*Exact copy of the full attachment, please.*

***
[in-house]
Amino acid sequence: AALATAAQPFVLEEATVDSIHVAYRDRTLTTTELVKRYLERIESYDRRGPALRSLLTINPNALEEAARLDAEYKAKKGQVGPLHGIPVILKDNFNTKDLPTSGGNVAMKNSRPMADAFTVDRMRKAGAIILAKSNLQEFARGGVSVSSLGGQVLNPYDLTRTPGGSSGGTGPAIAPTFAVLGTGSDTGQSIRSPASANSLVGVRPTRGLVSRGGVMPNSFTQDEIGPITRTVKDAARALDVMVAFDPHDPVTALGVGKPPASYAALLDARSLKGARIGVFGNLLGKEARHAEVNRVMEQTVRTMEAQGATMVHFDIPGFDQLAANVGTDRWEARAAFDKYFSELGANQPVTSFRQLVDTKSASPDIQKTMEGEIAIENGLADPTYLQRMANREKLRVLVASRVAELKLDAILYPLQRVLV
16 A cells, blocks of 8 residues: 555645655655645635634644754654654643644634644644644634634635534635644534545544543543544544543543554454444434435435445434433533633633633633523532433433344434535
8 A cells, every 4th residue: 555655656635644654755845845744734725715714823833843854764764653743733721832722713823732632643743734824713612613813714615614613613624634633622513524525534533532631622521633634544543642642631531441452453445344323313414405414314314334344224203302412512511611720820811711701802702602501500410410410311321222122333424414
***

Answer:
[in-house]
Amino acid sequence: AALATAAQPFVLEEATVDSIHVAYRDRTLTTTELVKRYLERIESYDRRGPALRSLLTINPNALEEAARLDAEYKAKKGQVGPLHGIPVILKDNFNTKDLPTSGGNVAMKNSRPMADAFTVDRMRKAGAIILAKSNLQEFARGGVSVSSLGGQVLNPYDLTRTPGGSSGGTGPAIAPTFAVLGTGSDTGQSIRSPASANSLVGVRPTRGLVSRGGVMPNSFTQDEIGPITRTVKDAARALDVMVAFDPHDPVTALGVGKPPASYAALLDARSLKGARIGVFGNLLGKEARHAEVNRVMEQTVRTMEAQGATMVHFDIPGFDQLAANVGTDRWEARAAFDKYFSELGANQPVTSFRQLVDTKSASPDIQKTMEGEIAIENGLADPTYLQRMANREKLRVLVASRVAELKLDAILYPLQRVLV
16 A cells, blocks of 8 residues: 555645655655645635634644754654654643644634644644644634634635534635644534545544543543544544543543554454444434435435445434433533633633633633523532433433344434535
8 A cells, every 4th residue: 555655656635644654755845845744734725715714823833843854764764653743733721832722713823732632643743734824713612613813714615614613613624634633622513524525534533532631622521633634544543642642631531441452453445344323313414405414314314334344224203302412512511611720820811711701802702602501500410410410311321222122333424414